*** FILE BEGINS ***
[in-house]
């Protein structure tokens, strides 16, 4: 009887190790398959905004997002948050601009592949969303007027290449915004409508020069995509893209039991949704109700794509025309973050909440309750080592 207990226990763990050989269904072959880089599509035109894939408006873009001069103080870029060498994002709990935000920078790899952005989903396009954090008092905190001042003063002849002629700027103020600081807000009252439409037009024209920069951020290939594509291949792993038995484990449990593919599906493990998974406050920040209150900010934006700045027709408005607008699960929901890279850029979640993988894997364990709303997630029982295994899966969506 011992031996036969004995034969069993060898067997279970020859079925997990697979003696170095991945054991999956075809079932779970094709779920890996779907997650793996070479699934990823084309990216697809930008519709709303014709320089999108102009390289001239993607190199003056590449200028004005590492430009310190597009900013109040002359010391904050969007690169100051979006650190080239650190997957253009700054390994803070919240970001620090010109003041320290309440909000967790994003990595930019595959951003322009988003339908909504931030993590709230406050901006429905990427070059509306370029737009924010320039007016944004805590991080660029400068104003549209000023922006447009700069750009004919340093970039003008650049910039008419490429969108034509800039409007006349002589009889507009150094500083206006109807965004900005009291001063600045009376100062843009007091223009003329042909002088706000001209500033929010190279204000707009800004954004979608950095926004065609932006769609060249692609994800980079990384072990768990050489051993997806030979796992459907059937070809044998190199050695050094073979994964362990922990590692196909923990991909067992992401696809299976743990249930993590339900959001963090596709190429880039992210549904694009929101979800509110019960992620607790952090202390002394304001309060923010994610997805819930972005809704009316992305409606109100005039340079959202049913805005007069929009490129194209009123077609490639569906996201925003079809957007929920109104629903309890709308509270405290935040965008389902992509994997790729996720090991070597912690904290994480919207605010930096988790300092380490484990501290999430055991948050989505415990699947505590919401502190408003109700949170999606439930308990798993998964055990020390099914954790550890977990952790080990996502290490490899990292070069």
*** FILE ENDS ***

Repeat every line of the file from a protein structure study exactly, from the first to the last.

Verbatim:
[in-house]
């Protein structure tokens, strides 16, 4: 009887190790398959905004997002948050601009592949969303007027290449915004409508020069995509893209039991949704109700794509025309973050909440309750080592 207990226990763990050989269904072959880089599509035109894939408006873009001069103080870029060498994002709990935000920078790899952005989903396009954090008092905190001042003063002849002629700027103020600081807000009252439409037009024209920069951020290939594509291949792993038995484990449990593919599906493990998974406050920040209150900010934006700045027709408005607008699960929901890279850029979640993988894997364990709303997630029982295994899966969506 011992031996036969004995034969069993060898067997279970020859079925997990697979003696170095991945054991999956075809079932779970094709779920890996779907997650793996070479699934990823084309990216697809930008519709709303014709320089999108102009390289001239993607190199003056590449200028004005590492430009310190597009900013109040002359010391904050969007690169100051979006650190080239650190997957253009700054390994803070919240970001620090010109003041320290309440909000967790994003990595930019595959951003322009988003339908909504931030993590709230406050901006429905990427070059509306370029737009924010320039007016944004805590991080660029400068104003549209000023922006447009700069750009004919340093970039003008650049910039008419490429969108034509800039409007006349002589009889507009150094500083206006109807965004900005009291001063600045009376100062843009007091223009003329042909002088706000001209500033929010190279204000707009800004954004979608950095926004065609932006769609060249692609994800980079990384072990768990050489051993997806030979796992459907059937070809044998190199050695050094073979994964362990922990590692196909923990991909067992992401696809299976743990249930993590339900959001963090596709190429880039992210549904694009929101979800509110019960992620607790952090202390002394304001309060923010994610997805819930972005809704009316992305409606109100005039340079959202049913805005007069929009490129194209009123077609490639569906996201925003079809957007929920109104629903309890709308509270405290935040965008389902992509994997790729996720090991070597912690904290994480919207605010930096988790300092380490484990501290999430055991948050989505415990699947505590919401502190408003109700949170999606439930308990798993998964055990020390099914954790550890977990952790080990996502290490490899990292070069």